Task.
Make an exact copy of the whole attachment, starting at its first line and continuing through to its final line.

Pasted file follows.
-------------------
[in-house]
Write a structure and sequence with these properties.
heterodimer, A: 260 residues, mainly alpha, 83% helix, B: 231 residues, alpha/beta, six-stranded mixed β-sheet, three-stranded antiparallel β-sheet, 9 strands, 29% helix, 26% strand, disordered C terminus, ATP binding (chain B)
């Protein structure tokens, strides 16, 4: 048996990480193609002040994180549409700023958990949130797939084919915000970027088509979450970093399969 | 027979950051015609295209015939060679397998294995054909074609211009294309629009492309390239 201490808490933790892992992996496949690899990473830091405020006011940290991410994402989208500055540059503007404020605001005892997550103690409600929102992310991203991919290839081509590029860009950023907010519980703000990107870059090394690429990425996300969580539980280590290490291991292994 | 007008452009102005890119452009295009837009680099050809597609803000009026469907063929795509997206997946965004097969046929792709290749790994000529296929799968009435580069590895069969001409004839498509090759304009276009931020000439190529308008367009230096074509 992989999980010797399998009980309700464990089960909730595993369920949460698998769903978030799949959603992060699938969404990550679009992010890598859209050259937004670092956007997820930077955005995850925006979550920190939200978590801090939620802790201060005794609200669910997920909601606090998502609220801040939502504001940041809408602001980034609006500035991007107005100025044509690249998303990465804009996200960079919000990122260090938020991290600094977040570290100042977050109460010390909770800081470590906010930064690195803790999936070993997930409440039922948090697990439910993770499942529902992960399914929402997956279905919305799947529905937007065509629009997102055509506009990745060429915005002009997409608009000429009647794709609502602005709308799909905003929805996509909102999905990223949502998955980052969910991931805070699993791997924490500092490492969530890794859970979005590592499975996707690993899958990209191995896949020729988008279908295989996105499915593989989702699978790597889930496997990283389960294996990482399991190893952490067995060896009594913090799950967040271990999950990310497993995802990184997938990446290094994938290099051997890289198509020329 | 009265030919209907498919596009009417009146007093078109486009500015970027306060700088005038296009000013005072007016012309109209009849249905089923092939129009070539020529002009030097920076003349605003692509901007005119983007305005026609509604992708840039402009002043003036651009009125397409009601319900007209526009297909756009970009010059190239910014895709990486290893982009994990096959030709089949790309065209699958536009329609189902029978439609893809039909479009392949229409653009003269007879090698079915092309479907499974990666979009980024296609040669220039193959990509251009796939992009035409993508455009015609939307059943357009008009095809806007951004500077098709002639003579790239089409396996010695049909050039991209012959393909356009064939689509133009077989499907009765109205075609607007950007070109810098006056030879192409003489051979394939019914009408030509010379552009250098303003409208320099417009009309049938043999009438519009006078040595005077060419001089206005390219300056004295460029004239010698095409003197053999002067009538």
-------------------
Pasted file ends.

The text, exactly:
[in-house]
Write a structure and sequence with these properties.
heterodimer, A: 260 residues, mainly alpha, 83% helix, B: 231 residues, alpha/beta, six-stranded mixed β-sheet, three-stranded antiparallel β-sheet, 9 strands, 29% helix, 26% strand, disordered C terminus, ATP binding (chain B)
């Protein structure tokens, strides 16, 4: 048996990480193609002040994180549409700023958990949130797939084919915000970027088509979450970093399969 | 027979950051015609295209015939060679397998294995054909074609211009294309629009492309390239 201490808490933790892992992996496949690899990473830091405020006011940290991410994402989208500055540059503007404020605001005892997550103690409600929102992310991203991919290839081509590029860009950023907010519980703000990107870059090394690429990425996300969580539980280590290490291991292994 | 007008452009102005890119452009295009837009680099050809597609803000009026469907063929795509997206997946965004097969046929792709290749790994000529296929799968009435580069590895069969001409004839498509090759304009276009931020000439190529308008367009230096074509 992989999980010797399998009980309700464990089960909730595993369920949460698998769903978030799949959603992060699938969404990550679009992010890598859209050259937004670092956007997820930077955005995850925006979550920190939200978590801090939620802790201060005794609200669910997920909601606090998502609220801040939502504001940041809408602001980034609006500035991007107005100025044509690249998303990465804009996200960079919000990122260090938020991290600094977040570290100042977050109460010390909770800081470590906010930064690195803790999936070993997930409440039922948090697990439910993770499942529902992960399914929402997956279905919305799947529905937007065509629009997102055509506009990745060429915005002009997409608009000429009647794709609502602005709308799909905003929805996509909102999905990223949502998955980052969910991931805070699993791997924490500092490492969530890794859970979005590592499975996707690993899958990209191995896949020729988008279908295989996105499915593989989702699978790597889930496997990283389960294996990482399991190893952490067995060896009594913090799950967040271990999950990310497993995802990184997938990446290094994938290099051997890289198509020329 | 009265030919209907498919596009009417009146007093078109486009500015970027306060700088005038296009000013005072007016012309109209009849249905089923092939129009070539020529002009030097920076003349605003692509901007005119983007305005026609509604992708840039402009002043003036651009009125397409009601319900007209526009297909756009970009010059190239910014895709990486290893982009994990096959030709089949790309065209699958536009329609189902029978439609893809039909479009392949229409653009003269007879090698079915092309479907499974990666979009980024296609040669220039193959990509251009796939992009035409993508455009015609939307059943357009008009095809806007951004500077098709002639003579790239089409396996010695049909050039991209012959393909356009064939689509133009077989499907009765109205075609607007950007070109810098006056030879192409003489051979394939019914009408030509010379552009250098303003409208320099417009009309049938043999009438519009006078040595005077060419001089206005390219300056004295460029004239010698095409003197053999002067009538």